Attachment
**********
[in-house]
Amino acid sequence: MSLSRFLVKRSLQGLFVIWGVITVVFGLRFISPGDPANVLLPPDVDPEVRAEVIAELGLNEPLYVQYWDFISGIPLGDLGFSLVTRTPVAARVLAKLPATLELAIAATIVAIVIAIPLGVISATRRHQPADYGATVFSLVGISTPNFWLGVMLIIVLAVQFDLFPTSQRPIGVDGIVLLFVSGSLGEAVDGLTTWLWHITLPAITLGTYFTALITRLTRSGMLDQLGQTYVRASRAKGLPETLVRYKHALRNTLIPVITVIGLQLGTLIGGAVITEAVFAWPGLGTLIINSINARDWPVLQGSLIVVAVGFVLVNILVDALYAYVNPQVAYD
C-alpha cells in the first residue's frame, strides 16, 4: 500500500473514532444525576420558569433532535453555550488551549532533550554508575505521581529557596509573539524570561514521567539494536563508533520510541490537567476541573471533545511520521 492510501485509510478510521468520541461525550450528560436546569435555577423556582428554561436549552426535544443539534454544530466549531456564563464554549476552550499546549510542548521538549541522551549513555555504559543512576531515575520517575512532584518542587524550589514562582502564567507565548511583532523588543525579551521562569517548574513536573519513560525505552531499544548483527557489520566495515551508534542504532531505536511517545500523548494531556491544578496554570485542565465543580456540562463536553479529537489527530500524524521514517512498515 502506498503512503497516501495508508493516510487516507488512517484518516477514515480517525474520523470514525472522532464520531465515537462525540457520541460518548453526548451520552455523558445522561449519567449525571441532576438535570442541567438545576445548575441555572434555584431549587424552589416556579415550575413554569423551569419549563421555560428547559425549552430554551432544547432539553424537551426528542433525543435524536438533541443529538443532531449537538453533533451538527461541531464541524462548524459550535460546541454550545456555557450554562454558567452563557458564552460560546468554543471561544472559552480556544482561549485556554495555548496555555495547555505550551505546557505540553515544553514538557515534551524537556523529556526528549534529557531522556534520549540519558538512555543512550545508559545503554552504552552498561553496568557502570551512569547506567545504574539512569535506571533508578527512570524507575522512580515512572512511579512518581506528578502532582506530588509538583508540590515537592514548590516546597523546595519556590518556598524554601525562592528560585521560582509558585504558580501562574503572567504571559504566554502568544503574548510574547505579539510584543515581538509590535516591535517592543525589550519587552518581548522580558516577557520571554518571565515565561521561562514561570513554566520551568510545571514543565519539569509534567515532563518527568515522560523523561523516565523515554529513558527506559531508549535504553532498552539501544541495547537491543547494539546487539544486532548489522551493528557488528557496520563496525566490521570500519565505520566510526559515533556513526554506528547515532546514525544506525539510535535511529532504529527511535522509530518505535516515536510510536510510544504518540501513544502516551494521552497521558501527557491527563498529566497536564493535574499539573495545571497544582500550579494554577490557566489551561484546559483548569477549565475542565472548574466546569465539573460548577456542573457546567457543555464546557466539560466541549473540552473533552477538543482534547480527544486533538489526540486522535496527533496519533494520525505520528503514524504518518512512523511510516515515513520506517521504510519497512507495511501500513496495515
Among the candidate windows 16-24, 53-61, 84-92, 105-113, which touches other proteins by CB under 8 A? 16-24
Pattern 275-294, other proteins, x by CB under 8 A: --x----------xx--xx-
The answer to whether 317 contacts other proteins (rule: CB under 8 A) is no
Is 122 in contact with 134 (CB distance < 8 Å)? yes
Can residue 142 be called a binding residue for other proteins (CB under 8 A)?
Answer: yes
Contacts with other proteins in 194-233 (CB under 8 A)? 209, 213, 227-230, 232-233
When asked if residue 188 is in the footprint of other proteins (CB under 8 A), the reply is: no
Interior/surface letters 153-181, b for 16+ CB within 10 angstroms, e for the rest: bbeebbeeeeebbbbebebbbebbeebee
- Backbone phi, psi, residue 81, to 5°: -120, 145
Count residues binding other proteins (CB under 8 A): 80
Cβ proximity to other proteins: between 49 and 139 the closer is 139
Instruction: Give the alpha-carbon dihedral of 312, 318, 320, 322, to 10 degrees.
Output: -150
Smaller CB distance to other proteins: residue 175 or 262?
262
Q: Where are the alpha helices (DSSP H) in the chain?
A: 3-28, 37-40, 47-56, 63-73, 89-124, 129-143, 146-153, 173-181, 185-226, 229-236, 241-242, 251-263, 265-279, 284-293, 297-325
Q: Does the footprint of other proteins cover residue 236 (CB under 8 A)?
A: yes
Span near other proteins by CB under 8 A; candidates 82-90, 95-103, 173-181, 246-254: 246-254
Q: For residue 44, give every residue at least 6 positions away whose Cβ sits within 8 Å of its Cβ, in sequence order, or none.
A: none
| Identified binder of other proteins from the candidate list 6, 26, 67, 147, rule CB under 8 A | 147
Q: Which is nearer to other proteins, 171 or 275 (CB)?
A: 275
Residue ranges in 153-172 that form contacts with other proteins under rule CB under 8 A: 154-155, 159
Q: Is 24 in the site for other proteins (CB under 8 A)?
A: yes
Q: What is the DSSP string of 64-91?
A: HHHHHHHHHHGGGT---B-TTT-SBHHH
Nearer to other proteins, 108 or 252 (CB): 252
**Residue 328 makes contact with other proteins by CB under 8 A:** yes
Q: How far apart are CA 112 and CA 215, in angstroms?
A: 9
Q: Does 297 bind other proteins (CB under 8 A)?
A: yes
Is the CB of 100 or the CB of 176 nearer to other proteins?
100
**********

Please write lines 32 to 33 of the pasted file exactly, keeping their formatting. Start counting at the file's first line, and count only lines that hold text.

A: yes
Q: What is the DSSP string of 64-91?